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Compiling an upstream kernel on ubuntu.

by: tom

After downloading the source from or any of the mirrors, you have at least two options for how to compile the source for a ubuntu system. First you can just do it the traditional way and just use the Makefile that comes with the source directly. A second and more convenient and safer way to do this is to make a deb package, and let apt handle the installation and later eventually the removal of the kernel when it is no longer needed. Also making a deb will make sure that any installation scripts in the /etc/kernel directory is executed. These scripts currently updates the initramfs image, updates grub config and recompiles any third party modules. These scripts can not be part of the kernel package since they are dependent of the target system.

Compiling using the make deb-pkg target in the Linux kernel source Makefile

I didn't know this until recently, but the kernel Makefile has a deb-pkg target. It's the functionality used for compiling a new kernel documented in the Debian Kernel Handbook chapter 4. Se the scripts/package/builddeb file in the Linux source to see what this build target does. If you have a multi core cpu, you may use make's -j<num jobs> option, to speed things up.

Compiling using kernel-package

You should install the following packages:
kernel-package fakeroot build-essential

Relevant documentation:

man make-kpkg
man kernel-package
man make
Debian Kernel Handbook
man gpg
man wget


There are three version labels:

  1. The stable upstream kernel versions at whose format are three numbers separated by dots, like 3.4.6.
  2. The deb package of the kernel has it's own version; usually composed of the upstream version numbers and local revision numbers.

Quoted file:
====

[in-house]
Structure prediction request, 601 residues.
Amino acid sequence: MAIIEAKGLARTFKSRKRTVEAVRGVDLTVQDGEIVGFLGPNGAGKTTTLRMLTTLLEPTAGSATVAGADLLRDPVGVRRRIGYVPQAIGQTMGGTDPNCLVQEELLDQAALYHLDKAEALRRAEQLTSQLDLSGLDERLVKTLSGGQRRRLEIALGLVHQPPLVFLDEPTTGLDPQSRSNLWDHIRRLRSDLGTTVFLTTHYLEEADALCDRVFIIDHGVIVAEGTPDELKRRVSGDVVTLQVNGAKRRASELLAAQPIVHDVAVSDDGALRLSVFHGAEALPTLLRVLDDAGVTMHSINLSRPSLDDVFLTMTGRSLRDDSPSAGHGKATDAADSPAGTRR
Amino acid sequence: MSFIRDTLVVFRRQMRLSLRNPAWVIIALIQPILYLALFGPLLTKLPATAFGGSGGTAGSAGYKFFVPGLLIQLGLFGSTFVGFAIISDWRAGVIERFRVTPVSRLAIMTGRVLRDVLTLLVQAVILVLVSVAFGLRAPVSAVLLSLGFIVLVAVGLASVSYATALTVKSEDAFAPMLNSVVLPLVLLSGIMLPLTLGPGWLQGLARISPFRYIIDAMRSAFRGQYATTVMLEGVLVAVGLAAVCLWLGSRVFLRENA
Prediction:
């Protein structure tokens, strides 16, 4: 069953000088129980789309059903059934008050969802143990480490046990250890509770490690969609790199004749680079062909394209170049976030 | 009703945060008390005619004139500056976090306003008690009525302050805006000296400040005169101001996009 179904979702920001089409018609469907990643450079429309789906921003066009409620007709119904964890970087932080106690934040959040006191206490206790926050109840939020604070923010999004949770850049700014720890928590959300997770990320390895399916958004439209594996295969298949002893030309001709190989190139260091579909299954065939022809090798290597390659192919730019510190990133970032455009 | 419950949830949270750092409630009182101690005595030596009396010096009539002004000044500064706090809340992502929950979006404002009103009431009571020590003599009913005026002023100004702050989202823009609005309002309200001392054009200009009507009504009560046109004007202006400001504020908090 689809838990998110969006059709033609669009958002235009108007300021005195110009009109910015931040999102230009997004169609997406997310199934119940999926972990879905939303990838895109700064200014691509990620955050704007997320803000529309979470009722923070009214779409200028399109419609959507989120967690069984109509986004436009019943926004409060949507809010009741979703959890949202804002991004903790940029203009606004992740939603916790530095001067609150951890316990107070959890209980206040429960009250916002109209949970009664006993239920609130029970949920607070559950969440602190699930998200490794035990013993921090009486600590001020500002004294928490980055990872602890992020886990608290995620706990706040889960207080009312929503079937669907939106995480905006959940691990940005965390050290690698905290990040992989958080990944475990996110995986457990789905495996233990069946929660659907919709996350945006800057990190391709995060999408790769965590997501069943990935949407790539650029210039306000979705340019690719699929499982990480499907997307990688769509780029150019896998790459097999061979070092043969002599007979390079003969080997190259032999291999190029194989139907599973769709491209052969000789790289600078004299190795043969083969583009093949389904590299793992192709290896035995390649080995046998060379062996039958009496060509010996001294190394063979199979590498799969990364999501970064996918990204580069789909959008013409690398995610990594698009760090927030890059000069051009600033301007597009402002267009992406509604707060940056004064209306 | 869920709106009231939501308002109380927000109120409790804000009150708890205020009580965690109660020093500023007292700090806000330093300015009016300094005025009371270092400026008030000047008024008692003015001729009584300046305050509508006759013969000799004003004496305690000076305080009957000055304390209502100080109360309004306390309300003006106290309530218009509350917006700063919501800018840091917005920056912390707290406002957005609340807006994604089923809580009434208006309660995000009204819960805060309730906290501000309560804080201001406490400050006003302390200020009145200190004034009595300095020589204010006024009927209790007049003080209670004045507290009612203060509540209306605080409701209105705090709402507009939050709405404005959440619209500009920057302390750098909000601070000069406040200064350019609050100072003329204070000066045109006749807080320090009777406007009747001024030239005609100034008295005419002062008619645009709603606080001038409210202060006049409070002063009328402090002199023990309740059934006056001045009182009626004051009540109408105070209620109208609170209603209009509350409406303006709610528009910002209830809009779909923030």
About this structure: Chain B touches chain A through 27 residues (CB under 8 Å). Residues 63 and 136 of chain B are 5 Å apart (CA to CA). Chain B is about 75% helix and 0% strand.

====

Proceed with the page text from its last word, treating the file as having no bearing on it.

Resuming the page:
3. Then there is a third versioning labeling the locally configured and compiled kernel. This version number is the output of uname -r.
The last version label mentioned above is used to name the Linux kernel image file, and also to name the directory where it's modules are installed under /lib/modules. It's important that these names are unique for each new kernel installed on the system in order to have binary compatibility between the kernel image and it's modules and prevent previously installed kernels and modules from being overwritten.

Downloading sources from

In the following I'll download and unpack the source code for the 3.4.6 version of the upstream Linux kernel. I'll also download the gpg signature file and use it to verify the download. Using wget:
wget ""
wget ""
The compressed tar file needs to be decompressed before gpg verification:
xz -d "linux-3.4.6.tar.xz"
Use gpg to verify:
gpg --verify "linux-3.4.6.tar.sign"
If you get an error message about a missing key, you need to import the signing key from a keyserver:
gpg --recv-keys <key id>
And then run the gpg verify command again. You should then get a message proclaming "Good signature". If you get a message stating "Bad signature" something is wrong. If this step goes well, continue and untar the archive:
tar xf "linux-3.4.6.tar"
This should extract a directory named linux-3.4.6. Make this your working directory:
cd linux-3.4.6

Configure the kernel

You now need to configure the kernel. If you want base the new configuration on the old config that was used when building your currently running kernel, you just copy it from the /boot directory like this:
cp /boot/config-$(uname -r) .config
The new kernel will likely have new configuration options not present in the config for the old kernel. Therefore you now need to run one of the several utilities supplied with the kernel source for editing the configuration. For a terminal user interface you can use menuconfig which you start by giving the command make menuconfig in the root directory of the source.

Use make-kpkg to compile the source

created: 2012-07-20 15:38:14. Permalink

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